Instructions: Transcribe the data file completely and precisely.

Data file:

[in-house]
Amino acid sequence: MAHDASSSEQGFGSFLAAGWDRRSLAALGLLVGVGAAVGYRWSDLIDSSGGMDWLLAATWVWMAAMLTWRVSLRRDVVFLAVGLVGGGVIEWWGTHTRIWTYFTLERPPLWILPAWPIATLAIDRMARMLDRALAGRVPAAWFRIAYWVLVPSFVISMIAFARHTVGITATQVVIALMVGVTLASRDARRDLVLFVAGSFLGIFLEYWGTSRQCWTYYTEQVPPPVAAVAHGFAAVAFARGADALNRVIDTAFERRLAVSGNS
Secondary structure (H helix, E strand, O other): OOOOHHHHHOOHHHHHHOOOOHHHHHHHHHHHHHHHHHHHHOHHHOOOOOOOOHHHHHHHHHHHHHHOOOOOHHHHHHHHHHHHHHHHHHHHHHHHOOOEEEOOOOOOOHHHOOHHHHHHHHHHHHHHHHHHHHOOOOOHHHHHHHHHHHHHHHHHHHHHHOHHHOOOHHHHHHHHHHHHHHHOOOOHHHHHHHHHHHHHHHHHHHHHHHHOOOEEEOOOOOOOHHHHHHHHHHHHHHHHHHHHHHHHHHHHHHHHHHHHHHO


[in-house]
Amino acid sequence: MAHDASSSEQGFGSFLAAGWDRRSLAALGLLVGVGAAVGYRWSDLIDSSGGMDWLLAATWVWMAAMLTWRVSLRRDVVFLAVGLVGGGVIEWWGTHTRIWTYFTLERPPLWILPAWPIATLAIDRMARMLDRALAGRVPAAWFRIAYWVLVPSFVISMIAFARHTVGITATQVVIALMVGVTLASRDARRDLVLFVAGSFLGIFLEYWGTSRQCWTYYTEQVPPPVAAVAHGFAAVAFARGADALNRVIDTAFERRLAVSGNS
Secondary structure (H helix, E strand, O other): OOOOHHHHHOOHHHHHHOOOOHHHHHHHHHHHHHHHHHHHHOHHHOOOOOOOOHHHHHHHHHHHHHHOOOOOHHHHHHHHHHHHHHHHHHHHHHHHOOOEEEOOOOOOOHHHOOHHHHHHHHHHHHHHHHHHHHOOOOOHHHHHHHHHHHHHHHHHHHHHHOHHHOOOHHHHHHHHHHHHHHHOOOOHHHHHHHHHHHHHHHHHHHHHHHHOOOEEEOOOOOOOHHHHHHHHHHHHHHHHHHHHHHHHHHHHHHHHHHHHHHO